Questions and Topics for Discussion
The Deep End of the Ocean is a story about every parent’s worst nightmare: the loss of a child. It is a story that is all too familiar to many of us, made frighteningly routine by the young faces emblazoned on milk cartons or steeped in pathos by Hollywood scriptwriters. In Jacquelyn Mitchard’s deft hands, however, the story of the Cappadora family is neither routine nor cliched. It is chillingly and beautifully real.
Photographer Beth Cappadora is far from the ideal mother and wife. She is harried, impatient, disorganized, and ambivalent about her husband and her kids—faults that come back to haunt her after her middle child disappears in a crowded hotel lobby. The ensuing decade of unbelievable grief and pain, of Beth’s attempt at recreating a life after her son disappears, is lovingly documented in this electrifying novel. Like photographs in a family album, scenes from Beth’s life are offered in startling detail: the scoops of coffee she forces herself to measure out each day; snatches of conversation between a husband and wife doggedly trying to return to a normal life; the cynical observations of her oldest child as he struggles to be noticed and loved; the “purple elephants” that loom in every family’s living room—unspoken pain so huge one can only step around it, for to acknowledge it is too terrifying a prospect. And, like all good photographs, this one is not without many shades of gray. There are no easy heroes in this story, although heroism abounds. While the novel speeds along with the pace of a thriller, its drama reaches far beyond the story of Ben’s disappearance. The mystery of what happened to Ben is only one of the mysteries that envelop this novel. In revealing what happens to the Cappadora family, Mitchard offers us no easy answers. Instead she raises difficult questions about the nature of grief and loss, about the value of families of all kinds, and about the gifts of love, redemption, and forgiveness.ABOUT JACQUELYN MITCHARD
It would be easy for a writer to grant a happy ending to the Cappadora family, who have been through so much and none of it their fault. And yet instead we are left with something much more real, the side of a tragedy you won’t catch on the six o’clock news. The Deep End of the Ocean will make you catch your breath. It will make you thankful. It will make you think. It will make you feel.
Jacquelyn Mitchard’s venture into fiction with her first novel, The Deep End of the Ocean, marks the latest evolution in her diverse and distinguished career as a writer. A native of Chicago, Mitchard graduated from the University of Illinois and Rockford College and became a newspaper reporter. From 1984 to 1988 she was metro reporter for the Milwaukee Journal-Sentinel. Her weekly column, “The Rest of Us,” has appeared in the Journal for over a decade and will be nationally syndicated starting in September 1996.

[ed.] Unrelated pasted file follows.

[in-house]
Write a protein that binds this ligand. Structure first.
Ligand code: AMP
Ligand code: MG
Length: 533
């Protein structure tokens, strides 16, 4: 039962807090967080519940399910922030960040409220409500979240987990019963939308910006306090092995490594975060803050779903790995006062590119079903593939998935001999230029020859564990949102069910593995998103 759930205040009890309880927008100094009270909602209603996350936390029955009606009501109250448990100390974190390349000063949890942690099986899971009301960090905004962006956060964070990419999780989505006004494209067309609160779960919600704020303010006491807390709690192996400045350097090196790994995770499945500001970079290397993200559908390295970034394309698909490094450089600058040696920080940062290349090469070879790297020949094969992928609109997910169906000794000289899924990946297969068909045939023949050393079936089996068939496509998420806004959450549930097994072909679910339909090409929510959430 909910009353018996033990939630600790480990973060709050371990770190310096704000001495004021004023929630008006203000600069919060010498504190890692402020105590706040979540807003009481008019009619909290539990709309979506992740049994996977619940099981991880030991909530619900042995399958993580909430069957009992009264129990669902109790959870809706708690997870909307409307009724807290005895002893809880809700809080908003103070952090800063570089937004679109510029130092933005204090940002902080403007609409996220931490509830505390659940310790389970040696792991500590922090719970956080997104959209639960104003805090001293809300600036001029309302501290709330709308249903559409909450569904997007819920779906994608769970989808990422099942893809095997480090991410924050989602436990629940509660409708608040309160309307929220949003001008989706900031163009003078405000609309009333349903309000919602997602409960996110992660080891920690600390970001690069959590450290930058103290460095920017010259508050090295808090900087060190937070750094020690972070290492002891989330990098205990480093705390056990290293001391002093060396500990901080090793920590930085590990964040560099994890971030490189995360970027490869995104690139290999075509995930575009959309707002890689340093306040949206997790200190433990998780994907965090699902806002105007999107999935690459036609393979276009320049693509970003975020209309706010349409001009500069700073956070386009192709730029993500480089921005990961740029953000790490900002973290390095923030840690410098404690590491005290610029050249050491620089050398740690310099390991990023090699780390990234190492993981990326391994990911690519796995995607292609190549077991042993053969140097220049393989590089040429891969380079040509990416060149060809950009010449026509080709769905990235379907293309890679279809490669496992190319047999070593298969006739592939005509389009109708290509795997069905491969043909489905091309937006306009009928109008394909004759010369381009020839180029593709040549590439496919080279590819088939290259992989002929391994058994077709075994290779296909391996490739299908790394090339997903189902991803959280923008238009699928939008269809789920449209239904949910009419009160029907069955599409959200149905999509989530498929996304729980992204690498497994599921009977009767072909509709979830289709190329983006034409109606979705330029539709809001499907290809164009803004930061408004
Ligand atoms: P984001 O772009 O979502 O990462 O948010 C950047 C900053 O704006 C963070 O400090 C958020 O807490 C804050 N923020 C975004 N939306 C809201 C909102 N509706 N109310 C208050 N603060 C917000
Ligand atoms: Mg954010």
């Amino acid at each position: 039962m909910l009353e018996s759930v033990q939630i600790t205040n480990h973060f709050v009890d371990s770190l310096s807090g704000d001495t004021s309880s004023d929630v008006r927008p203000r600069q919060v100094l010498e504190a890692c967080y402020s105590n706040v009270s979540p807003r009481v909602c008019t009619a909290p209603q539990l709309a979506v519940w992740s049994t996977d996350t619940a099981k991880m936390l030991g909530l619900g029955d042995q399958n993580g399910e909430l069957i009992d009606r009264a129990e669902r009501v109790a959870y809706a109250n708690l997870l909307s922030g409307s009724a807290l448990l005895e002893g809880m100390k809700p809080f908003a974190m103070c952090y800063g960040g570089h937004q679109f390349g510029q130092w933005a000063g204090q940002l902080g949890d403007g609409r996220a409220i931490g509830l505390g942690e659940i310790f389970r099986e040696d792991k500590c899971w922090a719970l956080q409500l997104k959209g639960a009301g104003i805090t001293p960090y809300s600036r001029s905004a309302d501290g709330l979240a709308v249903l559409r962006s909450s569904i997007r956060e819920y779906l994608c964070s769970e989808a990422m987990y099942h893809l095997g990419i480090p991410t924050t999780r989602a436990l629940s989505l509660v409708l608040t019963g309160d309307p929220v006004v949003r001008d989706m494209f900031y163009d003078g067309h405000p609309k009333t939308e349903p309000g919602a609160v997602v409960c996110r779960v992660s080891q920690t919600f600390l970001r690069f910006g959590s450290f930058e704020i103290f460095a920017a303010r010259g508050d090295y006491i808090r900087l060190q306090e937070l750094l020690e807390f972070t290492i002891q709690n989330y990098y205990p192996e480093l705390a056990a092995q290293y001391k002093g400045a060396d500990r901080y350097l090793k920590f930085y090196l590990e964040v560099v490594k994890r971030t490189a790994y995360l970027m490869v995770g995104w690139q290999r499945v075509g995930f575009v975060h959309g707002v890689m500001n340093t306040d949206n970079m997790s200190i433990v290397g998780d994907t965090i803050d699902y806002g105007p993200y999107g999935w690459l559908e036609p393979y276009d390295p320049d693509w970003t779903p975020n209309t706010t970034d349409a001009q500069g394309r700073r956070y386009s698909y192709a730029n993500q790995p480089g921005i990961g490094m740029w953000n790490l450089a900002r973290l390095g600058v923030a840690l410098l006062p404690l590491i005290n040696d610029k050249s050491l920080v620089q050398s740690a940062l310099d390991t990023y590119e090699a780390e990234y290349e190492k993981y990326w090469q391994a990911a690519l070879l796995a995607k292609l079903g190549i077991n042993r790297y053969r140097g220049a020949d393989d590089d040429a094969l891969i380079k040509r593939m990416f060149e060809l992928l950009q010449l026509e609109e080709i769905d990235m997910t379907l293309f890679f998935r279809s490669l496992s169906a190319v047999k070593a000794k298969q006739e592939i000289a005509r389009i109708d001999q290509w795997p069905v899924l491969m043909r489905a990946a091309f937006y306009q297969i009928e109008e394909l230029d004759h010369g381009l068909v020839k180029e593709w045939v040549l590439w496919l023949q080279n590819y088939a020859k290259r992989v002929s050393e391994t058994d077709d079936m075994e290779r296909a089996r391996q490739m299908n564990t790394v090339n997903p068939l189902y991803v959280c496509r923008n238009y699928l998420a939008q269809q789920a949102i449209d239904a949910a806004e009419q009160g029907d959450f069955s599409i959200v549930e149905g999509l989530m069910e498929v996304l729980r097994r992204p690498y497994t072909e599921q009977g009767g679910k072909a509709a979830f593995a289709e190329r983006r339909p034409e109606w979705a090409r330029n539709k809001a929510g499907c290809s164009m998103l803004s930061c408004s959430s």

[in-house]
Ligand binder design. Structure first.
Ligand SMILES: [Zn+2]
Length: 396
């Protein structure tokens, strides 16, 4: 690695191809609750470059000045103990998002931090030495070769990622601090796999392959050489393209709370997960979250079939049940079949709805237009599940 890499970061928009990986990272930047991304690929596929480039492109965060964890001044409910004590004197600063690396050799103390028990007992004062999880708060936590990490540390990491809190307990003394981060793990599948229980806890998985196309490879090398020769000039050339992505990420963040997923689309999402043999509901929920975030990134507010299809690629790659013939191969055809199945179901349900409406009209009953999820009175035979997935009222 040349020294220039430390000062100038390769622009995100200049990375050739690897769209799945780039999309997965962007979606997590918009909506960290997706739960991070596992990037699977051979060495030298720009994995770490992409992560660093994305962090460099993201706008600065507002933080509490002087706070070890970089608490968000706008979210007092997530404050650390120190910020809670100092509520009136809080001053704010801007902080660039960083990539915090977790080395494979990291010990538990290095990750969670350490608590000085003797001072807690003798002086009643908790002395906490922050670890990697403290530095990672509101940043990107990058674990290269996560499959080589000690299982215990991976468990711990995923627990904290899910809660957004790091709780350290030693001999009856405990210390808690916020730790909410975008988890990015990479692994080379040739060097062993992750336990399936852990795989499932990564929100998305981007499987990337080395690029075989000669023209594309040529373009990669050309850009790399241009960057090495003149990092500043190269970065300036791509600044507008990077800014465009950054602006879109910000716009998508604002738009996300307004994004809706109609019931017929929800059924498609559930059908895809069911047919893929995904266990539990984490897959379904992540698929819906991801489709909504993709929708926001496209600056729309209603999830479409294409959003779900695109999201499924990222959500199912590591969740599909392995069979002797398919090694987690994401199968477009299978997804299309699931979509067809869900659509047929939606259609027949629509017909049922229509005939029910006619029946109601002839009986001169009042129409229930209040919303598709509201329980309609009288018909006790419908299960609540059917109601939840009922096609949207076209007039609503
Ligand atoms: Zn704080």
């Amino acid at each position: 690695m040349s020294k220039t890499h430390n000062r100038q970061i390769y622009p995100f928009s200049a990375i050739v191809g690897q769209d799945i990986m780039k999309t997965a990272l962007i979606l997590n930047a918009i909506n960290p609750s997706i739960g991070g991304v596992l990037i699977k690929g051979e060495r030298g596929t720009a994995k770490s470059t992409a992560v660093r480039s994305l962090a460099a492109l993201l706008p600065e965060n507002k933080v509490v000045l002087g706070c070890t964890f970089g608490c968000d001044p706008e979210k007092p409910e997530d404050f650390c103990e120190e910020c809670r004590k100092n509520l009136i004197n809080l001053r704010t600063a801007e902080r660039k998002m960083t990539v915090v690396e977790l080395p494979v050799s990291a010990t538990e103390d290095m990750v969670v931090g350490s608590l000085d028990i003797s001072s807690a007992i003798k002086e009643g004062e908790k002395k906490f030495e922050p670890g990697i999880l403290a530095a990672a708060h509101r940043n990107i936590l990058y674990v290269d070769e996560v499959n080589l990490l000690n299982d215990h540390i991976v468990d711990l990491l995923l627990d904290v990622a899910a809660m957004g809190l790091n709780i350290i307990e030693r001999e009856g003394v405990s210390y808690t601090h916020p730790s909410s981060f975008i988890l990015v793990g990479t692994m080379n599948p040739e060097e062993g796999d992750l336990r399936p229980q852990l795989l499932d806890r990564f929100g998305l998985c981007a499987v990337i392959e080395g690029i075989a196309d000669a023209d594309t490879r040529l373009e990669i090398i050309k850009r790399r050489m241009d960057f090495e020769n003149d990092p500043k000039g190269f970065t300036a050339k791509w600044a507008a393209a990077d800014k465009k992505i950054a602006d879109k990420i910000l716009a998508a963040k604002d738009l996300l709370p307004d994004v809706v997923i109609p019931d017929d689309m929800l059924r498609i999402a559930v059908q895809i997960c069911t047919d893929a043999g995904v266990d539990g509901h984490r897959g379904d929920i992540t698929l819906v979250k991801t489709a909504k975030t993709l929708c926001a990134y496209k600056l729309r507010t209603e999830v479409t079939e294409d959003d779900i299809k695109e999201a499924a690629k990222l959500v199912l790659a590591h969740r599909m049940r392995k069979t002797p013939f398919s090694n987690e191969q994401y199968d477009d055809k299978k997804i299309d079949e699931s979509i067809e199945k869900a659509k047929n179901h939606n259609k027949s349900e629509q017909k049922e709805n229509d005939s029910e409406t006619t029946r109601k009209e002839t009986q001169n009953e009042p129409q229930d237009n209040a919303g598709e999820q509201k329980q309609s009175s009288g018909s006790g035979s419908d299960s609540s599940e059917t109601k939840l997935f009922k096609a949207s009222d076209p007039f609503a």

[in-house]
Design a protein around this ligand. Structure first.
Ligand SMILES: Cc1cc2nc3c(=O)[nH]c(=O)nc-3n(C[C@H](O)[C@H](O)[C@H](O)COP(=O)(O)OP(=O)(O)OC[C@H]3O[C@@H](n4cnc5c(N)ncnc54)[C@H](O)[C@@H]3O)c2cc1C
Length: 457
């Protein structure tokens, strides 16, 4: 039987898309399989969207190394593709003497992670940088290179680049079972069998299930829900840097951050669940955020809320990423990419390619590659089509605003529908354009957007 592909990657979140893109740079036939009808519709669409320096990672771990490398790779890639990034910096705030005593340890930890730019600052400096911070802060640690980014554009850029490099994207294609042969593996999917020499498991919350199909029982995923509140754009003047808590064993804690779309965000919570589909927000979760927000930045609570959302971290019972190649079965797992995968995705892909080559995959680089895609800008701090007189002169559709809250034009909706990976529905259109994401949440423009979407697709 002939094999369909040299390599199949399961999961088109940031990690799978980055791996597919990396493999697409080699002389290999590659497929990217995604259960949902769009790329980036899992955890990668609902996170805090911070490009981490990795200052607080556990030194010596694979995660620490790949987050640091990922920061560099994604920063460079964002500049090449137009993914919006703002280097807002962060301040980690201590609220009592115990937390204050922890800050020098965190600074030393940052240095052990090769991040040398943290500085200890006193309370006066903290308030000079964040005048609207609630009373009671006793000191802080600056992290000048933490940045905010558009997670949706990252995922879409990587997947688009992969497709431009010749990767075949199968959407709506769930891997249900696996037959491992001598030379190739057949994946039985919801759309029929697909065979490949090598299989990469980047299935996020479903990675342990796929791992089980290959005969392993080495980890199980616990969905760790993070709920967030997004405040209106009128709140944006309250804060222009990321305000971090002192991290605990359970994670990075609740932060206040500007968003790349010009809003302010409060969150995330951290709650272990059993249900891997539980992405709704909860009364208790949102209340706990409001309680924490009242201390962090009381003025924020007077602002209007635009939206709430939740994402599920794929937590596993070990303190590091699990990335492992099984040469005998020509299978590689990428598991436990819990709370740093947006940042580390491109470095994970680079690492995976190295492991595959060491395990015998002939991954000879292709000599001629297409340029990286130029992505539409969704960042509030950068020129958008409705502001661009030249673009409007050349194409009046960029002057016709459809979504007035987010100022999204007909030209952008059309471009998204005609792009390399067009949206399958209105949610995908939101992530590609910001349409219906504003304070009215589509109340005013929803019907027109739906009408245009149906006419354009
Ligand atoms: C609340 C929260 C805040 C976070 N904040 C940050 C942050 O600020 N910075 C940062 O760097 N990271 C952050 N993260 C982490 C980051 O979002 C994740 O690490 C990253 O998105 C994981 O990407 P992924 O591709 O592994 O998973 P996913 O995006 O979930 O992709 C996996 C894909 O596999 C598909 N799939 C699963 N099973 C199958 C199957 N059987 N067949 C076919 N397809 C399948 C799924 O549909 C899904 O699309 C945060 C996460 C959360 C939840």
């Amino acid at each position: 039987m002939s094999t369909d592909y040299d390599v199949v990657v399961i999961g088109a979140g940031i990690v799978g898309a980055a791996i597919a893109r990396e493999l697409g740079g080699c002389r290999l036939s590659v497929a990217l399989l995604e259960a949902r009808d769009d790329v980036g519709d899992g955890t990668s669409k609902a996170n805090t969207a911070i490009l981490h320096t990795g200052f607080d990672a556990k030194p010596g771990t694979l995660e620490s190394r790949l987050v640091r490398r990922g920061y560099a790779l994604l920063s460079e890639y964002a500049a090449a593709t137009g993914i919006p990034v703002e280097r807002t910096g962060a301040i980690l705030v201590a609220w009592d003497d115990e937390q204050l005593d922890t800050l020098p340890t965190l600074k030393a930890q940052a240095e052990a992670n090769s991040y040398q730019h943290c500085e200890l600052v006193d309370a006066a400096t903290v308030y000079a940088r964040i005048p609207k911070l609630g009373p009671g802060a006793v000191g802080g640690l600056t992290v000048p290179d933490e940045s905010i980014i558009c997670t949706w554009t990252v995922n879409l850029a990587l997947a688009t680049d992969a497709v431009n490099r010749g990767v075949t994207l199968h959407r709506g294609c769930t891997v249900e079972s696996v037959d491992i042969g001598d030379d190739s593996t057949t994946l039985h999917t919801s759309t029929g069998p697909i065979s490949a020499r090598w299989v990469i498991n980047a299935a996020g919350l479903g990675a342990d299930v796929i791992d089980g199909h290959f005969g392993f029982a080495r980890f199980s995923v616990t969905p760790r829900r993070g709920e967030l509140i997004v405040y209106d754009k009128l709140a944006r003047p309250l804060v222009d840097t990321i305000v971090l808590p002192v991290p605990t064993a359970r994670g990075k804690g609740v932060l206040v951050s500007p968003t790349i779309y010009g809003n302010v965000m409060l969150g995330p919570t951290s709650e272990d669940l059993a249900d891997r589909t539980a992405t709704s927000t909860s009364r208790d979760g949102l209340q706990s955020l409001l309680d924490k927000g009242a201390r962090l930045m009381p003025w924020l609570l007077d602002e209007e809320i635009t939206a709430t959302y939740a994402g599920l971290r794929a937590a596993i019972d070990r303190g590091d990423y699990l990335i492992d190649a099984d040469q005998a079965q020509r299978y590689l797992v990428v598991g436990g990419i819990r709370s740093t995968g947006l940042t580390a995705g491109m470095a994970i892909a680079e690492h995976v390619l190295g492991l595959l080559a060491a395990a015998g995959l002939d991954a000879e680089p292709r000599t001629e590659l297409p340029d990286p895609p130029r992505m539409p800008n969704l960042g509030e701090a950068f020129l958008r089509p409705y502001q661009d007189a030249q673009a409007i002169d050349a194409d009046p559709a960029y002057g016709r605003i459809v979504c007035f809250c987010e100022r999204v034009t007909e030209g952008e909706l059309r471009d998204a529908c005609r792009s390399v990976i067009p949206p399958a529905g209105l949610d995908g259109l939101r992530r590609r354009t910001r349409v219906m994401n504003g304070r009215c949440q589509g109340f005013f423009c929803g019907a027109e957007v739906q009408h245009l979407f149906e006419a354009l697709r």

From 1989 to 1993, Mitchard was the speechwriter for now U.S. Secretary of Health and Human Services Donna Shalala, while Shalala was Chancellor of the University of Wisconsin. Mitchard has also been a contributing editor for Parenting magazine since 1990; she is a regular columnist for TV Guide and has been a regular contributor to such national magazines as Money, Self, and Woman’s Day. She is the author of two nonfiction books,Mother Less Child: The Love Story of a Family and a biography of Jane Addams for teenagers. She has also written two screenplays with her writing partner, Amy Paulsen: A Serpent’s Egg for cable television and Typhoid Mary for feature development. Her essay on adoption was anthologized in the Adoption Reader.PRAISE
The mother of five children, Mitchard lives in Madison, Wisconsin, where she is at work on a second novel entitled The Most Wanted.
“The Deep End of the Ocean burns itself into the memory line by line. It is by turns lyrical and startling, brilliant.” —Kaye Gibbons
“A beautifully timed, wrenchingly told story of a family’s worst nightmare… has the pace of a thriller with the emotional wallop of August and Endless Love.” —The Boston Sunday GlobeA CONVERSATION WITH JACQUELYN MITCHARD
“So well observed and perceptive it’s hard to shy away from… masterfully paced… A story… of one family’s slow tumble back into light.” —Los Angeles Times
“Mitchard delivers a drama that has the tension of a thriller but moves more deeply into the emotional territory of family ties.”—People
“A first-rate new storyteller.” —Newsweek
“[A] rich, moving and altogether stunning first novel… Readers…will find this compelling and heartbreaking story—sure to be compared with The Good Mother—impossible to put down.” —Publishers Weekly, starred boxed review
“Riveting…. Mitchard keeps her compassionate eye focused… [as she] examines love and loss, and what it means to be a family.” —Glamour
The Truth Depends on Who’s Telling It
How did you come to write The Deep End of the Ocean?DISCUSSION QUESTIONSBeth and Pat deal with their grief over Ben in quite different ways: while Pat goes through the “normal stages,” Beth is by turn stoic and hysterical; at times she feels as if her slightest move would cause an avalanche. What is this avalanche about? Do you think it is characteristic of men and women to deal with grief—or the loss of a child—differently?
I dreamed the story about three years ago. For a year after that I didn’t do anything with it beyond the notes I made about the dream. I’d never written a novel before, but the dream was clear and astonishing. And I’m not much of a dreamer in the ordinary sense.
After your long career writing nonfiction, did you find the transition to writing fiction difficult?
It was the hardest thing I’ve ever had to do professionally, to make that transition. It’s the difference between accompanying yourself on the guitar and conducting an orchestra. It was tremendously taxing for me. The only training I had for writing fiction was reading fiction.